Ancient space suit


by Vaughn Greene

When I read of Kenneth Arnold’s sighting the world’s first modern UFOs on June 24, 1947, I was immediately interested. A few weeks after I wrote Arnold, two friendly F.B.I. agents came for a visit. Here was I, a 17-year-old punk, being interviewed by investigators who were not very sympathetic. This only whetted my appetite, and over the years I contacted some of the early flying saucer buffs, including Prof. Adamski, George Hunt Williamson, Kurt Von Zeissig, Yukio Matsumura, Zecharia Sitchin, Meade Layne and others.

When the Korean War came along, I went into the army. While stationed in Japan, I began studying early Shinto legends and ancient mythology. To my surprise, these early tomes were loaded with references to aerial battles, underwater castles, exotic weapons, TV, and flying dragons that flew 6,000 leagues a day. What really impressed me were some prehistoric statues called dogu.

From my previous experience with the diving and aircraft industries, I felt sure these things were depicting a diving suit, or a space suit, or a combination of both. Dogus were made by a Neolithic people called the Jomon, who were the first persons on earth to make clay pottery. Dating back as far as 12,000 to 14,000 years per R-14 dating, the earliest dogu were very crude. The last ones over 2,500 years ago showed a sharp, machine-tooled look. I’ve found over 30 points of similarity to modern space suits on dogus, including lenses, rivets, rubber cuffs, chest controls, safety straps, communication lights, etc. Can this be mere coincidence?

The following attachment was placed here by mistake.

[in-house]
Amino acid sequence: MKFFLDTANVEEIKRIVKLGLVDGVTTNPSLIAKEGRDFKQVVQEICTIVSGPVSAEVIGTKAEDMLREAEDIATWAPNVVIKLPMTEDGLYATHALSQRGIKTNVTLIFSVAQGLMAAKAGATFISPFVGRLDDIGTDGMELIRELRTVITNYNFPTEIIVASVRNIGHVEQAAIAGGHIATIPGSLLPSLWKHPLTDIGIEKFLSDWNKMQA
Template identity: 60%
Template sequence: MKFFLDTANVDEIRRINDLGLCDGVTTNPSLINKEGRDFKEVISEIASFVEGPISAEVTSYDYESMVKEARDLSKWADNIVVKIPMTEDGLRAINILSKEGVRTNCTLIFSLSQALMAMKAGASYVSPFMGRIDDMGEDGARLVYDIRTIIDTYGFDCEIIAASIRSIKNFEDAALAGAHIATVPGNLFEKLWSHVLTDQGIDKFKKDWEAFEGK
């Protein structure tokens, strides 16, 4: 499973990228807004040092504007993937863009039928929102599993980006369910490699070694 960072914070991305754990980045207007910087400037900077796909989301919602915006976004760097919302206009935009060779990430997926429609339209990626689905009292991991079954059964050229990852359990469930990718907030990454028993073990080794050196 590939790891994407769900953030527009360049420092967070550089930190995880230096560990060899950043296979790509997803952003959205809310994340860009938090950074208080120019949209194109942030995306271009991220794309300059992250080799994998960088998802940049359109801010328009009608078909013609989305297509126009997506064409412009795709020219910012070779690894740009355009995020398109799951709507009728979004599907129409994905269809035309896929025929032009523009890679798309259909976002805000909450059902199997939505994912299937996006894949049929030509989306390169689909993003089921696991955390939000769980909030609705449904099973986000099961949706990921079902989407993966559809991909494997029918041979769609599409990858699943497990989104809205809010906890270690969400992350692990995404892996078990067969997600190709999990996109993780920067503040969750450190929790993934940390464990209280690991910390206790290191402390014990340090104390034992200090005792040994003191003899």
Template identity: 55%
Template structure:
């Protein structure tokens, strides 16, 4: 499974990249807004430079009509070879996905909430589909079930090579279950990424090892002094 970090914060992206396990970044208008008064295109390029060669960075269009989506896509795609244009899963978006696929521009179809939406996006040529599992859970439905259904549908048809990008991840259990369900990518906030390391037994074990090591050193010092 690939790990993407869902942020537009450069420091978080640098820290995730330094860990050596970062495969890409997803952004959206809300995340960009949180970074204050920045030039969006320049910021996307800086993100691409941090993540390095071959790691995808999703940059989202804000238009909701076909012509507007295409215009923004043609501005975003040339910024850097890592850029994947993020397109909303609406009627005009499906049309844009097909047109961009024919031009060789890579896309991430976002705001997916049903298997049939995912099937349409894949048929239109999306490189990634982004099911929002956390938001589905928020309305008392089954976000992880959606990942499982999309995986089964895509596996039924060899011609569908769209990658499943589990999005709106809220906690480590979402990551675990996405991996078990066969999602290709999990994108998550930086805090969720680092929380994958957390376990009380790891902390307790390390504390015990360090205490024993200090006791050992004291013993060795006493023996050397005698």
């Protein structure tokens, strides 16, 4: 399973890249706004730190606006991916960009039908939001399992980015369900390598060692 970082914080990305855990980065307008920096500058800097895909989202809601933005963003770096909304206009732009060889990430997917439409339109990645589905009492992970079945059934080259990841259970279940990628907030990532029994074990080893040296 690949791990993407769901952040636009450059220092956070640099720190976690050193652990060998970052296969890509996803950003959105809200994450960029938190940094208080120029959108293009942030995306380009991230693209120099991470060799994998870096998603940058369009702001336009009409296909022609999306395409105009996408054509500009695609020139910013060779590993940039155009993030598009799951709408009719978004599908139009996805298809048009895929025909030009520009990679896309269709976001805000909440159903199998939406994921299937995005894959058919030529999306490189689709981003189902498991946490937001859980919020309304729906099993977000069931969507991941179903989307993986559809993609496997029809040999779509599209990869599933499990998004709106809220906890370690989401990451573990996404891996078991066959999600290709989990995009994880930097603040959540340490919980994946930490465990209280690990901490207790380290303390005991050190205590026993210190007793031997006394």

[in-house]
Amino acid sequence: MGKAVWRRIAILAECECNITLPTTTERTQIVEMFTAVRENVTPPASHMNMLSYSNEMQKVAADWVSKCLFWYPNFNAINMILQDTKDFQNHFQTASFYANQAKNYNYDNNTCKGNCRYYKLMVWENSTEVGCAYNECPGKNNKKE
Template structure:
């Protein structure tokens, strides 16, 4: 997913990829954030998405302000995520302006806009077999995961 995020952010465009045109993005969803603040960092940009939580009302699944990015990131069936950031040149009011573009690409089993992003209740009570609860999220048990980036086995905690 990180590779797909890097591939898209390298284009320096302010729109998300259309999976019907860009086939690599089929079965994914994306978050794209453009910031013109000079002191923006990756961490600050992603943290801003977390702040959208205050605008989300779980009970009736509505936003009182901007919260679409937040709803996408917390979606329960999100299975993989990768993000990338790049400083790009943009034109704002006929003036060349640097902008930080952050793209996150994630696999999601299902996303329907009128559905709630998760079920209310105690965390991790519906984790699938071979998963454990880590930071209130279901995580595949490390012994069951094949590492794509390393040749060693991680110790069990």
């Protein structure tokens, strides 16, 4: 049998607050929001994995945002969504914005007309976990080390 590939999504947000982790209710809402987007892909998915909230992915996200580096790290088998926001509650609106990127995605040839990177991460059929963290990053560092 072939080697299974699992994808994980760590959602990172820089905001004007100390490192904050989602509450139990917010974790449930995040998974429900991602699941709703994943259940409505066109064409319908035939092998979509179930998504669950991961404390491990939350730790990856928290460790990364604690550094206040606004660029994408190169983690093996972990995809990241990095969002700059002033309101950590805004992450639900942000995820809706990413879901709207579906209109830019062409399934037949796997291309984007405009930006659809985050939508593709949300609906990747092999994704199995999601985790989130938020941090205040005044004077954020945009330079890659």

Archaeologists are baffled by the dogu statues. They resemble no other objects on earth. The science of archaeology in Japan was started over 100 years ago by an American Professor Morse. Since that time, the experts have called them sex objects, funeral depictions, etc. The best explanation I think is the word dogu which in Japanese means a tool.

Dogu statues are totally unique. There are no other figures exactly like them in the ancient world. In years of research since then, however, we have found indications that these same astronauts were seen all over the world. The 7,000-year-old drawings at Val Cominica, Italy, the prehistoric Tassali, Sahara, and ancient Australian Aborigine sketches all show helmeted, suited-up figures. There are statues, such as the Tula giants in Mexico, the Tiahuanaco space gods in Bolivia, the Cro-Magnon Venus cult of Europe, which show similar features. Figurines of the 8,000-year-old Mohenjo Daro culture in India are almost identical. The most remarkable similarity though, relates to the Kappa.

In Japan, the Kappa are popular mythological figures, still seen in cartoons today. These mischievous creatures swam underwater, had webbed feet (swim fins?), and flew around in shell cars. The Kappa often came ashore and taught the natives various advanced arts. What is remarkable about this is that there are at least three similar stories found around the earth.